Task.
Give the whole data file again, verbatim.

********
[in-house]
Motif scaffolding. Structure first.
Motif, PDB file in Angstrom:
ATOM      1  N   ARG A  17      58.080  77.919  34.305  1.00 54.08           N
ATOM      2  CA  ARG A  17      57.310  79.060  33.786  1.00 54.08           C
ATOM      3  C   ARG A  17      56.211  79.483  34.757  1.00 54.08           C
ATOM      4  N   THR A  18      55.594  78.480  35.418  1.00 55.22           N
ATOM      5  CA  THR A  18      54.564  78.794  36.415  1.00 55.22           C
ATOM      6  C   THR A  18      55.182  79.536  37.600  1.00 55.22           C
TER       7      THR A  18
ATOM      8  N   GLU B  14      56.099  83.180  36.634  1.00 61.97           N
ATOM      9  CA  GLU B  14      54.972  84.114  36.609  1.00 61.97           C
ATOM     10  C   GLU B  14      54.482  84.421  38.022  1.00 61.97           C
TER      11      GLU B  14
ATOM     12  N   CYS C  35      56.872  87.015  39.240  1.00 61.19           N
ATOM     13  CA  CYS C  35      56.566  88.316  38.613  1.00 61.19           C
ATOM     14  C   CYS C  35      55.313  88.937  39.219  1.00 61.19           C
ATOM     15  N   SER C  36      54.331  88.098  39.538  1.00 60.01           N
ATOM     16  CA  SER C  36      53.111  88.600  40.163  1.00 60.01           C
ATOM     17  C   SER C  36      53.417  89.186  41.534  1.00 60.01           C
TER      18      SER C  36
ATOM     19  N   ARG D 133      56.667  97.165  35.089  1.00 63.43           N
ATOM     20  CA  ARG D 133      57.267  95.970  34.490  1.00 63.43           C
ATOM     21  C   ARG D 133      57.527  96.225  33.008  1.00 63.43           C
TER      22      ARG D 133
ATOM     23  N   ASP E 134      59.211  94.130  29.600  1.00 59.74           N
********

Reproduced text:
[in-house]
Motif scaffolding. Structure first.
Motif, PDB file in Angstrom:
ATOM      1  N   ARG A  17      58.080  77.919  34.305  1.00 54.08           N
ATOM      2  CA  ARG A  17      57.310  79.060  33.786  1.00 54.08           C
ATOM      3  C   ARG A  17      56.211  79.483  34.757  1.00 54.08           C
ATOM      4  N   THR A  18      55.594  78.480  35.418  1.00 55.22           N
ATOM      5  CA  THR A  18      54.564  78.794  36.415  1.00 55.22           C
ATOM      6  C   THR A  18      55.182  79.536  37.600  1.00 55.22           C
TER       7      THR A  18
ATOM      8  N   GLU B  14      56.099  83.180  36.634  1.00 61.97           N
ATOM      9  CA  GLU B  14      54.972  84.114  36.609  1.00 61.97           C
ATOM     10  C   GLU B  14      54.482  84.421  38.022  1.00 61.97           C
TER      11      GLU B  14
ATOM     12  N   CYS C  35      56.872  87.015  39.240  1.00 61.19           N
ATOM     13  CA  CYS C  35      56.566  88.316  38.613  1.00 61.19           C
ATOM     14  C   CYS C  35      55.313  88.937  39.219  1.00 61.19           C
ATOM     15  N   SER C  36      54.331  88.098  39.538  1.00 60.01           N
ATOM     16  CA  SER C  36      53.111  88.600  40.163  1.00 60.01           C
ATOM     17  C   SER C  36      53.417  89.186  41.534  1.00 60.01           C
TER      18      SER C  36
ATOM     19  N   ARG D 133      56.667  97.165  35.089  1.00 63.43           N
ATOM     20  CA  ARG D 133      57.267  95.970  34.490  1.00 63.43           C
ATOM     21  C   ARG D 133      57.527  96.225  33.008  1.00 63.43           C
TER      22      ARG D 133
ATOM     23  N   ASP E 134      59.211  94.130  29.600  1.00 59.74           N